If you’re using image lists (HIMAGELIST) with Common Controls version 5 (comctl), you’ll need to scale the images before putting them in the image list. A better choice is to switch to version 6 of the Common Controls, which is included with the Microsoft Windows XP operating system. Version 6 automatically scales the images using a halftone StretchBlt. (This can be disabled if you have authored your images for high DPI.)


Layout is another area that can cause problems on high-DPI systems. Most dialog boxes are laid out using dialog units, which scale with the system DPI. However, custom layout logic usually needs to be revisited. Most custom layout logic does the work in pixels, and makes a lot of assumptions about how big a pixel is. You can rework the layout logic to use other units, such as dialog units (although you’ll need to convert back to pixels before calling SetWindowPos). Or you can continue to work in pixels but remove assumptions about the DPI by expressing positions relative to other controls or relative to the size of the font, or using system metrics.


Painting is similar. Any time you paint to the screen, you need to account for different DPIs. If you are writing a custom control, it is probably easiest to continue to work in pixels, but you need to use system metrics to avoid DPI assumptions. If you’re doing complicated graphics, you may want to have the graphics engine scale for you by calling SetMapMode.

If you do scaling manually (as in my sample SCALEX macro), be aware of rounding problems when using integers. For example, SCALEX(a + b) may not equal SCALEX(a) + SCALEX(b) because of rounding issues. Be consistent about how you apply scaling, or use floating point numbers for intermediate results.


GDI+ is the next generation of the Microsoft two-dimensional graphics library, the successor to GDI. GDI+ brings a number of advantages to high-DPI applications, and text scales both linearly and smoothly (GDI+ subtly manipulates the character and word spacing).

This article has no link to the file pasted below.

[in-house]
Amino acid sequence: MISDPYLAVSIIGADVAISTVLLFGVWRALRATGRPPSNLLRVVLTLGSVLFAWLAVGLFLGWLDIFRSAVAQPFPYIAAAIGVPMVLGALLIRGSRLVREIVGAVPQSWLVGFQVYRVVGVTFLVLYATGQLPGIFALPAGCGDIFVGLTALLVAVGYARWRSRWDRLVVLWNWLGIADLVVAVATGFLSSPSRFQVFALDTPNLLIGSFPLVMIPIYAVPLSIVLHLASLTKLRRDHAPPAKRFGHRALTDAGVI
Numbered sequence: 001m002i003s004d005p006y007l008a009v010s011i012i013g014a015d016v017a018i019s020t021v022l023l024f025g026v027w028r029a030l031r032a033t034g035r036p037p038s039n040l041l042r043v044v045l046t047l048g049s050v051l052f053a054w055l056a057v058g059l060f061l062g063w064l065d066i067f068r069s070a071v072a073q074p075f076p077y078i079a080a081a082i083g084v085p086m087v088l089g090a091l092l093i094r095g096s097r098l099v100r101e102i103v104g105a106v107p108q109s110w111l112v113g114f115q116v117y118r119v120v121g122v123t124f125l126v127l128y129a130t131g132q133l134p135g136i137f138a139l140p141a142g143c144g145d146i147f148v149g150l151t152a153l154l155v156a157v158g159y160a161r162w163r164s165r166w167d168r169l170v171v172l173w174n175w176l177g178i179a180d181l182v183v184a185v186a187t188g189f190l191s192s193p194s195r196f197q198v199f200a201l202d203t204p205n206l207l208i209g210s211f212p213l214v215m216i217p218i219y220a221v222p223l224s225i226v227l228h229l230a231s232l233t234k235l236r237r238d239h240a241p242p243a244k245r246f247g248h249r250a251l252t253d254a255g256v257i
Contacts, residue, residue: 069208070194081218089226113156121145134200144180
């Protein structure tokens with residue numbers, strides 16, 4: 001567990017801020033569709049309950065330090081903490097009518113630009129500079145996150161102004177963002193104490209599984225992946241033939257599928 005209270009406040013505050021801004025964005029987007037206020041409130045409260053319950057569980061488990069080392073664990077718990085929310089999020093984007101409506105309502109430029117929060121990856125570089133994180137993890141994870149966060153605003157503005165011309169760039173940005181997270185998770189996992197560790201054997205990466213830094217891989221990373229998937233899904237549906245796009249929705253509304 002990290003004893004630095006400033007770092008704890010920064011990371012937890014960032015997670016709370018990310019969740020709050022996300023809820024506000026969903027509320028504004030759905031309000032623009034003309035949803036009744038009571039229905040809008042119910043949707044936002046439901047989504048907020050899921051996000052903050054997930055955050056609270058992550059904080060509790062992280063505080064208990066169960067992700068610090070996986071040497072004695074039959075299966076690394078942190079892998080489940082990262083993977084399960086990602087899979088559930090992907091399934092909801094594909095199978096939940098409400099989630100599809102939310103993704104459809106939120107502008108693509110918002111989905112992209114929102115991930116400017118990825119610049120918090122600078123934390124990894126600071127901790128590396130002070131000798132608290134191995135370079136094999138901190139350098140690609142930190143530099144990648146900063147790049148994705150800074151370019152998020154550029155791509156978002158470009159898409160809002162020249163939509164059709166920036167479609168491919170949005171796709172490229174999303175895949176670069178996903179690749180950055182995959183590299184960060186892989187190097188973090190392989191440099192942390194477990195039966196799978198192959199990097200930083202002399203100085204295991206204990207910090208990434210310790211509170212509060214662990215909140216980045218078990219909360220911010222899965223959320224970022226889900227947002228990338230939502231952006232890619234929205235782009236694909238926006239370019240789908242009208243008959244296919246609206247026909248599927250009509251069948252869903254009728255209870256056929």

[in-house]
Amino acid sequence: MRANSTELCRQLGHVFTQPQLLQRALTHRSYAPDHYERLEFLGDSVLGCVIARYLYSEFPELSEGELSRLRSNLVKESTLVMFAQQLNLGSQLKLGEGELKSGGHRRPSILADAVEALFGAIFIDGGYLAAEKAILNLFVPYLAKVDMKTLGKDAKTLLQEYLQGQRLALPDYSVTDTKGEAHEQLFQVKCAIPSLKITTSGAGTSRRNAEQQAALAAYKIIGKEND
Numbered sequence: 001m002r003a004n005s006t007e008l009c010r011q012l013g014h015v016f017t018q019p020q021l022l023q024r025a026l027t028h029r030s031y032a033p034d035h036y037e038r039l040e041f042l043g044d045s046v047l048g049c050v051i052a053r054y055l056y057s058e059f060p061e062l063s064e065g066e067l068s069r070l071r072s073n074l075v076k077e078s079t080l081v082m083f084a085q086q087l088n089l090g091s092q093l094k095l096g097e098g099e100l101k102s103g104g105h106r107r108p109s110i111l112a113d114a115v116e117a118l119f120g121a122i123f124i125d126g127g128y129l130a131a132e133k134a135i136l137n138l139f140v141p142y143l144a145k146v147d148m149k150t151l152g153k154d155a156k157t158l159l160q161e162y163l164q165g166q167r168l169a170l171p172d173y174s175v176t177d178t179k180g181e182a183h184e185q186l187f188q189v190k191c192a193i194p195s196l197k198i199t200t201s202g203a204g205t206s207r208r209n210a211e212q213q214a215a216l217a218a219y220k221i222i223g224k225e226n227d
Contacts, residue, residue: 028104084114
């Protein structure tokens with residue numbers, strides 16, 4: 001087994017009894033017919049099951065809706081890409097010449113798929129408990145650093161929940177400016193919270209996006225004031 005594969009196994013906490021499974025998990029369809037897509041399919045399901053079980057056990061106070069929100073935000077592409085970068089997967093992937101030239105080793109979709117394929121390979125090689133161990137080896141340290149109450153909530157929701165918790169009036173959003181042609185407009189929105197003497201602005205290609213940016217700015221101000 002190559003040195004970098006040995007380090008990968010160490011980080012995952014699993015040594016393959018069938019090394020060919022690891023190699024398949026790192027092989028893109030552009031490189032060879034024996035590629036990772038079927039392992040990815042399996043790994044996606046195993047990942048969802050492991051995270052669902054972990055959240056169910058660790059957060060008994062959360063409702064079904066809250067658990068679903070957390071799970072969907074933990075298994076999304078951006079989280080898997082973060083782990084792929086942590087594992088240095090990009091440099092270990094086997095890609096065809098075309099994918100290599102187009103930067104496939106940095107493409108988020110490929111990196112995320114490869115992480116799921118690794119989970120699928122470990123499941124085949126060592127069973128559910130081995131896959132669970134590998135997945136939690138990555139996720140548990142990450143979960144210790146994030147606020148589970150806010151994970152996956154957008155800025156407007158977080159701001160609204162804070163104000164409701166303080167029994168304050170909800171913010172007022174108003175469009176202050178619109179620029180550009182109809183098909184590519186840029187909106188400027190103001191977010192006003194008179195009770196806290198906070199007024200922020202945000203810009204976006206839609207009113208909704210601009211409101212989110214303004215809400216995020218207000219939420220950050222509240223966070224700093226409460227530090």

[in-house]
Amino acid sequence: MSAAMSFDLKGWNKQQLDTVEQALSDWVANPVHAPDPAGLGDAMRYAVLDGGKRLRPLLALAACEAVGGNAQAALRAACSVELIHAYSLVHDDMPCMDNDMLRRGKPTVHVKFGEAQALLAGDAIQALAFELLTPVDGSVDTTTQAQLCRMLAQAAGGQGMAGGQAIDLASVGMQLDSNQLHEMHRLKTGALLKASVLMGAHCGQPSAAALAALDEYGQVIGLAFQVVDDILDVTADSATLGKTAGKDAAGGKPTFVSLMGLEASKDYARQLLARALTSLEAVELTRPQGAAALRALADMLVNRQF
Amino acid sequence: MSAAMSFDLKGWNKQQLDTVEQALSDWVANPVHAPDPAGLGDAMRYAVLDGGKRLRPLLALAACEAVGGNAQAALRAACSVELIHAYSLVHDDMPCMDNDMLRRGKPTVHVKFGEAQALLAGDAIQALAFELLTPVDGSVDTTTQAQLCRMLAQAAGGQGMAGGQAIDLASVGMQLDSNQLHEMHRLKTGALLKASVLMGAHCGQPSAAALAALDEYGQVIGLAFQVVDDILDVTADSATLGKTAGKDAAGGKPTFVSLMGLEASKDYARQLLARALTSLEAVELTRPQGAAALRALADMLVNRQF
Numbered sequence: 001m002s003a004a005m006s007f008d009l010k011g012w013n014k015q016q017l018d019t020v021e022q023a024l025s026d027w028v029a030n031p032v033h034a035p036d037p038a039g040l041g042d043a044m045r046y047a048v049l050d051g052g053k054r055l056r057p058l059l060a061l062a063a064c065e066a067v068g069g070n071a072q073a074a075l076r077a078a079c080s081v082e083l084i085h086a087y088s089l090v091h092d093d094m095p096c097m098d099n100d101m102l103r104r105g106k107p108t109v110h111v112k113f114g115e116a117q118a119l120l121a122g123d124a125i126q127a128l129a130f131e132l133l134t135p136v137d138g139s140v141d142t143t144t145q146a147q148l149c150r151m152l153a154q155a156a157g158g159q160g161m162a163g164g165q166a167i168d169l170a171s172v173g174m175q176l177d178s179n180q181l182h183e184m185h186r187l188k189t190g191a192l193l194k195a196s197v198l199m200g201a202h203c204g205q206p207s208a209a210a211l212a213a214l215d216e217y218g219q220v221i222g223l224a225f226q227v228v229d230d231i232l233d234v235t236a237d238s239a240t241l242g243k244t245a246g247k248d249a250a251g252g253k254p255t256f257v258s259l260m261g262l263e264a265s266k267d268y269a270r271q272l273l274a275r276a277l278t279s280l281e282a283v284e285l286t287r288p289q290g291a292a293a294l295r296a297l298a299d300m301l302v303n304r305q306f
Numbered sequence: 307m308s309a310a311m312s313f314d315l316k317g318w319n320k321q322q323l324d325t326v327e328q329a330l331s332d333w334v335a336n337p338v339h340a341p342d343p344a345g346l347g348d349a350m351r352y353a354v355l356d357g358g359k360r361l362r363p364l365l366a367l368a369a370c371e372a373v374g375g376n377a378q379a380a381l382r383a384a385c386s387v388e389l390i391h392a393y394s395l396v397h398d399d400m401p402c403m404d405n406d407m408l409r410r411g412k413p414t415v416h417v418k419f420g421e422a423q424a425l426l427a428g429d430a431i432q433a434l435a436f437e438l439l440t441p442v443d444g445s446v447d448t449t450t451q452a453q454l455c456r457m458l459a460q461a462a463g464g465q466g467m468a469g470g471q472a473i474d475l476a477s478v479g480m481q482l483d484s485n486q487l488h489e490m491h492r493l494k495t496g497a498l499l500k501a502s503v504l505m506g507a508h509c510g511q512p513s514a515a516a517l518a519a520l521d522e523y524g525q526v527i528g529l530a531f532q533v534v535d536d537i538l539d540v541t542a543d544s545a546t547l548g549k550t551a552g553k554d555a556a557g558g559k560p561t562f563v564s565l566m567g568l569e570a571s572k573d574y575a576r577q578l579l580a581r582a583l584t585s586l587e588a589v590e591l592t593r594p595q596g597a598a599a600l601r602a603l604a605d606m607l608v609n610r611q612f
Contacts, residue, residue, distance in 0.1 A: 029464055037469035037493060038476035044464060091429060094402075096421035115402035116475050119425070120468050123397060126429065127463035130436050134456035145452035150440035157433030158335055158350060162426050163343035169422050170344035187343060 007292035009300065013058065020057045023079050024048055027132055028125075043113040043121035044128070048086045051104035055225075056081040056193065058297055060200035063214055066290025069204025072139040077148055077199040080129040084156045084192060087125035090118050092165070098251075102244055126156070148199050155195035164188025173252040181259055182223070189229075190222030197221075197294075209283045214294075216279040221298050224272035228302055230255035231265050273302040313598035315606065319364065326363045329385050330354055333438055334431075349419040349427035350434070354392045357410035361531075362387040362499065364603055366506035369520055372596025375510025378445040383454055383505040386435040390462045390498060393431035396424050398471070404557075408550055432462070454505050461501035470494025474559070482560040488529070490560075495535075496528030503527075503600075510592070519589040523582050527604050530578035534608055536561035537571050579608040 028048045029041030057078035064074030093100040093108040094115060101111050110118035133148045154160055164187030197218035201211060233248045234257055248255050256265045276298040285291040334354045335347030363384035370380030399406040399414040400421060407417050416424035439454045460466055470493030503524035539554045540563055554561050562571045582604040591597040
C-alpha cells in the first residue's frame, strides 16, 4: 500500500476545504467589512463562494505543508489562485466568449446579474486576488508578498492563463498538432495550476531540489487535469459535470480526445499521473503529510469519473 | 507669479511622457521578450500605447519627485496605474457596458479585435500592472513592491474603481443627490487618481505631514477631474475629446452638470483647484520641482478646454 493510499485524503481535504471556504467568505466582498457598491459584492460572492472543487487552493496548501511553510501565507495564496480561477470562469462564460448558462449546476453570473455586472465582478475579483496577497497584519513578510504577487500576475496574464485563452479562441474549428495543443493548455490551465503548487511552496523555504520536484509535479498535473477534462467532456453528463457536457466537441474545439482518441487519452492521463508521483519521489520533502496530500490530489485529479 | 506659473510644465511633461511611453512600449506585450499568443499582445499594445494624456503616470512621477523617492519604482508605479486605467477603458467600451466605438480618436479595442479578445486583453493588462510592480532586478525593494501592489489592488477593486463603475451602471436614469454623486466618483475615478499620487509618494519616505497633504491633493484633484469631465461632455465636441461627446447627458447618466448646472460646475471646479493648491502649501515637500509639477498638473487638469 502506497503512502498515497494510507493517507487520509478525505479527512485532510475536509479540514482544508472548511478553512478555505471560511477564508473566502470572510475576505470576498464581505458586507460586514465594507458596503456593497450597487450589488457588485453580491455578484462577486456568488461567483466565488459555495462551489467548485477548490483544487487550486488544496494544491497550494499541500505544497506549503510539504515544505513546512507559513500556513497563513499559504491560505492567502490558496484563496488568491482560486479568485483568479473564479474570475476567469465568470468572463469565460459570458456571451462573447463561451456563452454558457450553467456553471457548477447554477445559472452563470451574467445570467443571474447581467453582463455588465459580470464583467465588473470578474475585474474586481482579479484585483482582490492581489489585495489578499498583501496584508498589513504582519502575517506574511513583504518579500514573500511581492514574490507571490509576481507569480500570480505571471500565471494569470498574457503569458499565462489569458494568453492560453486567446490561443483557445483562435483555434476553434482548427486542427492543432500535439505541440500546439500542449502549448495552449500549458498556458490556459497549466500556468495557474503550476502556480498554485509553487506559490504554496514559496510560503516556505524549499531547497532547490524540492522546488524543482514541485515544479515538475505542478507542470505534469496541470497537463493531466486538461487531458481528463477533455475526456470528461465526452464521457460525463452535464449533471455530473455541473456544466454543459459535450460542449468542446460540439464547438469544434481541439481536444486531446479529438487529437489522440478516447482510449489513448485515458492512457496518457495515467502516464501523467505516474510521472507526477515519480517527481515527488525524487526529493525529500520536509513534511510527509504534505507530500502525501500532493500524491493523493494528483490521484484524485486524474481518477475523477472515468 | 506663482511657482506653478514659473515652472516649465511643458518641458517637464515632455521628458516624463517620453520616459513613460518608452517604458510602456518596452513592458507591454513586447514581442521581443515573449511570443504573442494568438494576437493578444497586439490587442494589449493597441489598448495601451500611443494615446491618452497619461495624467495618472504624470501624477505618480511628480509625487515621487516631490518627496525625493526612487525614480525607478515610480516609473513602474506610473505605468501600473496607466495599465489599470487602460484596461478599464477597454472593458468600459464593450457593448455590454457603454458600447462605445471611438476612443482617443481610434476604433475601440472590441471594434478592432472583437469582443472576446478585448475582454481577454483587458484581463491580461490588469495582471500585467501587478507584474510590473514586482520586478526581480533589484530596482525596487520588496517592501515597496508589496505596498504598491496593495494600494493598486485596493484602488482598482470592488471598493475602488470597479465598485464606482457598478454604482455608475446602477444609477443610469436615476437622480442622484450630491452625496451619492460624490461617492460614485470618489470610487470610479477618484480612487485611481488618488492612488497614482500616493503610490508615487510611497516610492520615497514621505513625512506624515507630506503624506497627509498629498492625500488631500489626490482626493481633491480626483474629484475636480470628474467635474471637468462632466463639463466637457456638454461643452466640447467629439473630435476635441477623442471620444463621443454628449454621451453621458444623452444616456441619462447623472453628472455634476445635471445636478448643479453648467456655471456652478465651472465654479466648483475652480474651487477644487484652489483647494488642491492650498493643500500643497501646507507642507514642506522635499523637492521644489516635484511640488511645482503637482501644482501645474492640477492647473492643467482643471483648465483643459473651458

Image scaling is also greatly improved. GDI+ offers several image scaling algorithms with differing speed versus quality trade-offs, but all of them produce higher quality images than GDI StretchBlt. InterpolationModeBilinear is the fastest, and for small images, the overall best. For large images, where quality matters, InterpolationModeHighQualityBicubic is a good choice.

Another feature of GDI+ is that images carry around the DPI they were designed for (as in Image::GetPhysicalDimension and Bitmap::SetResolution, for example). You can use this information to scale images properly, or you can let GDI+ do it. If you don’t specify a height and width when you call Graphics::DrawImage, GDI+ calculates them based on the screen’s DPI and the image’s DPI.

Visual Basic and the Common Language Runtime

In Microsoft Visual Basic® 6 and earlier, forms are specified in dialog box units, so controls and shapes generally scale correctly. Because text doesn’t scale linearly, you’ll still need to test the application, and possibly enlarge controls to fit their text.

In Microsoft .NET WinForms (used by Visual Basic .NET), everything is done in pixels. When a form is first created, however, the controls will be scaled based on the system’s DPI, and initial form layout scales well. Of course, it is up to you to make any custom painting or layout logic scalable. WindowsForms and System.Drawing both use GDI+, which improves text and image scaling.

How to Test High-DPI Applications

Testing a high-DPI application consists of putting your system in high-DPI mode and looking for things that are improperly sized. You don’t need a high-DPI monitor in order to find most problems.

To change the system DPI settings:

  1. Right-click the Windows desktop.
  2. Click Properties.
  3. Open the Settings tab and click Advanced.
  4. On the General tab, in the Font Size box, change your system DPI.
  5. Reboot the system to allow the new settings to take effect.

You’ll want to check all the visuals in your application, paying special attention to:

  • Text that doesn’t fit in the given space.
  • Text and controls overlapping or not properly spaced.
  • Text and images that are too small.
  • Images that are properly sized, but are of poor quality because of scaling.
  • Lines that are too thin to see easily. (At 200 DPI, a one-pixel-wide line is nearly invisible.)
  • Edges that don’t quite line up because of rounding problems when scaling.

You should test your application at several different DPIs. Manufacturers differ on the exact DPIs, but some good ones to test for are 96 (standard CRT), 120 (standard CRT with “large fonts” setting), 135, 170, and, soon, 200.

© 2014 Microsoft